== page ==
Although, in copending application Ser. No. 574,333, now abandoned, it is disclosed that similar results can be obtained in the novel process disclosed therein, the present process unexpectedly gives equivalent results and has the additional advantages of eliminating any possible exposure of process operators to toxic catalyst materials and the need for process checks to verify the absence of residual cyclic ether in products which might be used in contact with food or in products which may be ingested or used in contact with the body. Since the present process employs a catalyst-complex containing readily available, easily manufactured and highly stable components, this process is particularly suitable for large scale commercial production.
The present invention is of prime importance in the use of methyl-3,3,3-trifluoropropylsiloxane cyclic tetramer as a starting material. Both Johannson, cited above, and Pierce et al, U.S. Pat. No. 2,979,519, disclose that such cyclic tetrasiloxanes cannot be homopolymerized. Moreover, the catalyst and conditions set forth herein permit the copolymerization of this fluorosilicone tetramer with dimethyl tetramer (or dimethyl trimer) in the range of 30 to 98 mol % fluorosilicone. The ability to produce such copolymers is an advance in the art since, if the full solvent resistance properties of the fluorosilicone were not needed, a blend of fluorosilicone polymer with methyl polymers would be necessary. However, a copolymer is more efficient in solvent resistance than a blend at the same fluorosilicone content. In addition, while stable blends of fluorosilicone and methyl polymers can be made for high viscosity gums, it is impossible to make stable blends of lower viscosity oils, such as would be used in room temperature vulcanizing and fluid products, because the incompatibility of the fluorosilicone oil with the methyl oil will cause separation of these two components. Thus, the best balance of economy and solvent resistance is achieved.
It is, accordingly, a principal object of the present invention to provide a process for producing diorganopolysiloxane homo- or copolymer gums or oils in high yield, using a cyclic monomer, and especially those wherein at least one of the organo groups attached to the silicon atom is aliphatic or haloaliphatic of at least three carbon atoms or more.
Another object of the present invention is to provide diorganopolysiloxane homo- and copolymer oils, fluids and gums, such oils, fluids and gums ranging in viscosity from 50 to 200,000,000 centipoise at 25° C., and particularly those wherein at least one of the organo groups attached to the silicon atoms in one of the co-monomers is aliphatic or haloaliphatic of 3 carbon atoms or more, by a novel process comprising equilibrating cyclic siloxanes, alone, or in admixture of cyclic co-monomers in the presence of certain ethylene oxide polymer cation-complex catalysts.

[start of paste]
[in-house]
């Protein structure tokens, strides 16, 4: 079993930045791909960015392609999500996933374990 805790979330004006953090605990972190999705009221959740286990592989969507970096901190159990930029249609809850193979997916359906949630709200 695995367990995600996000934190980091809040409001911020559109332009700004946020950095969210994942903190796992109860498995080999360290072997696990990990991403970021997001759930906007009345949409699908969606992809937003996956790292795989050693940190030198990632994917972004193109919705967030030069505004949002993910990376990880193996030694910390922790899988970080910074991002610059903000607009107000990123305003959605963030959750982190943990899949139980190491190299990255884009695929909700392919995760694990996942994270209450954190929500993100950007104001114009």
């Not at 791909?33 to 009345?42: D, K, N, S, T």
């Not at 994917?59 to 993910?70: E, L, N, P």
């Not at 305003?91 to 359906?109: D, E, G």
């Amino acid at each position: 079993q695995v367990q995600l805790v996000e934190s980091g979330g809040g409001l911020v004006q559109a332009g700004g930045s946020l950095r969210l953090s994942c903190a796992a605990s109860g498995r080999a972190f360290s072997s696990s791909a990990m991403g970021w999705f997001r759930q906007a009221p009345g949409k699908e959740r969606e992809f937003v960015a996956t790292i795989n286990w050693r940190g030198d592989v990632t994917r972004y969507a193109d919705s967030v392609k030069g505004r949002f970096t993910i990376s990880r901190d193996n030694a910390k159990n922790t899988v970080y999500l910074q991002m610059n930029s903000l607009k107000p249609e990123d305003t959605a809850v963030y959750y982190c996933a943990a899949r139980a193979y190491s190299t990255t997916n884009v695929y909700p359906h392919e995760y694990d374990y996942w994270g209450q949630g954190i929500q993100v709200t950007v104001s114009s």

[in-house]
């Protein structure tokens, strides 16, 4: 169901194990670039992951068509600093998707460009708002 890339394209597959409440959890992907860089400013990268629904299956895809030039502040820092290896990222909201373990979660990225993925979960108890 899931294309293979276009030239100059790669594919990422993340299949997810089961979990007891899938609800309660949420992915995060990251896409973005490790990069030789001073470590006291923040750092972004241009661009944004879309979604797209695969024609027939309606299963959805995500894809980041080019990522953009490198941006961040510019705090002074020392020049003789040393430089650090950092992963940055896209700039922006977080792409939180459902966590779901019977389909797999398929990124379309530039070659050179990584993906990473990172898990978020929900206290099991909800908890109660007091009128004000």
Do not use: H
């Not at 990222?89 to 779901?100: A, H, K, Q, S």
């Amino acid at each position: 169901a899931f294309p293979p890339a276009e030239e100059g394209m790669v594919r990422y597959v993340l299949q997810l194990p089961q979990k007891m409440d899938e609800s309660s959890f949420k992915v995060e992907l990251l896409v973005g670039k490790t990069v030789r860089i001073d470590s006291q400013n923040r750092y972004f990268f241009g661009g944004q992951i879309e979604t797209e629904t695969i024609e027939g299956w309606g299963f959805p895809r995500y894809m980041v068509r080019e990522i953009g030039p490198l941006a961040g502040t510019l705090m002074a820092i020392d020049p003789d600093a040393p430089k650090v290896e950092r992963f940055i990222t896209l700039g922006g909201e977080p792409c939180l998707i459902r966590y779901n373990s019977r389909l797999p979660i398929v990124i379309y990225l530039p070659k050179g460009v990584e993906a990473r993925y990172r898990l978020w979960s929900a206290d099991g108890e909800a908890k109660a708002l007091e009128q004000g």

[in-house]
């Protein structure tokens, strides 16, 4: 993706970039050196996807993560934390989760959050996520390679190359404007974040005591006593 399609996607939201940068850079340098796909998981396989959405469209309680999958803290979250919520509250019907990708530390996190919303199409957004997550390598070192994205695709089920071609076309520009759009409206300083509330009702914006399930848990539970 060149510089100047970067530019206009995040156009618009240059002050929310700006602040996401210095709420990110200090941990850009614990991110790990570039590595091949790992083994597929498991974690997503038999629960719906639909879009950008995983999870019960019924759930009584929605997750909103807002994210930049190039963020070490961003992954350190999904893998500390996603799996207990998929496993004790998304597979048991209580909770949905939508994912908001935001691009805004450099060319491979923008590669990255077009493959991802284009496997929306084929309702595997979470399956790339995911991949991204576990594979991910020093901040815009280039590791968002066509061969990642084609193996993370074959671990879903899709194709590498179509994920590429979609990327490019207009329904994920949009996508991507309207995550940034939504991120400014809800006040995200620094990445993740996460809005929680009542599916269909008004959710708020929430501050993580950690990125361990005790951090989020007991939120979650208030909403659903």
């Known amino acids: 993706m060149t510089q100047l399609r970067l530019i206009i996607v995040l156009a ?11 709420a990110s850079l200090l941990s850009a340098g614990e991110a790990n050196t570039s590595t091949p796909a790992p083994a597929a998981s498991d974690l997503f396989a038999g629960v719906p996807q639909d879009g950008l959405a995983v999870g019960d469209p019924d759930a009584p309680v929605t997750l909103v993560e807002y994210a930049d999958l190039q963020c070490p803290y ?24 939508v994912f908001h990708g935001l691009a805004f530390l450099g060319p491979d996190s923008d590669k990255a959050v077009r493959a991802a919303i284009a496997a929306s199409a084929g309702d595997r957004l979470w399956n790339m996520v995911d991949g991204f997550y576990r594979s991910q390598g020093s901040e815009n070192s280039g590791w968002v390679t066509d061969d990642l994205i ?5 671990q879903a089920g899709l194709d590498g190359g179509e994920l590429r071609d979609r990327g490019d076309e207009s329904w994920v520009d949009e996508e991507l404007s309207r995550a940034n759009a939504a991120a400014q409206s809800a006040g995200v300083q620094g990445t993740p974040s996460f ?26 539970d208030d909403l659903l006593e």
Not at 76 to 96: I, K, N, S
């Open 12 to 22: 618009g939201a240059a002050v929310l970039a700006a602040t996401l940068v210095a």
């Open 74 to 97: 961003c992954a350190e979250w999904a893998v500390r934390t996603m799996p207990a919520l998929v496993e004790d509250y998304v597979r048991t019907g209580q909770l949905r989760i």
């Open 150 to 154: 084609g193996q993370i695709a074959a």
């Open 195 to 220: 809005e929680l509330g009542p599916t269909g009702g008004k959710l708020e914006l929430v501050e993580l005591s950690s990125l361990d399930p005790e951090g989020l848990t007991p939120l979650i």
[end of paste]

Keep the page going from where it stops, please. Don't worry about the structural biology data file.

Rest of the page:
A further object of the present invention is to provide diorganopolysiloxane copolymer oils or gums having a viscosity from 50 to 200,000,000 centipoise at 25° C., wherein at least one of the co-monomers comprises 30 to 85 mol % of the copolymer units, and includes organo groups attached to the silicon atoms having at least 3 carbon atoms, and particularly, a --CH2 CH2 R7 substituent group, where R7 is perfluoroalkyl, using a cyclic tetrasiloxane as a co-monomer.
In accordance with the foregoing objects, the present invention provides a process for producing a diorganopolysiloxane oil or gum having a viscosity from 50 to 200,000,000 centipoise at 25° C. comprising (A) reacting a composition comprising (i) a cyclic polysiloxane of the formula,
(R R1 SiO)x
or a mixed such polysiloxane where R is methyl, ethyl, vinyl or phenyl and R1 is as defined for R and in addition, an alkyl of 3 to 8 carbon atoms, halogenated alkyl of 3 to 8 carbon atoms, or cycloalkyl of 3 to 8 carbon atoms and x is from 3 to 6, and (ii) a cyclic polysiloxane of the formula,
(R2 2 SiO)y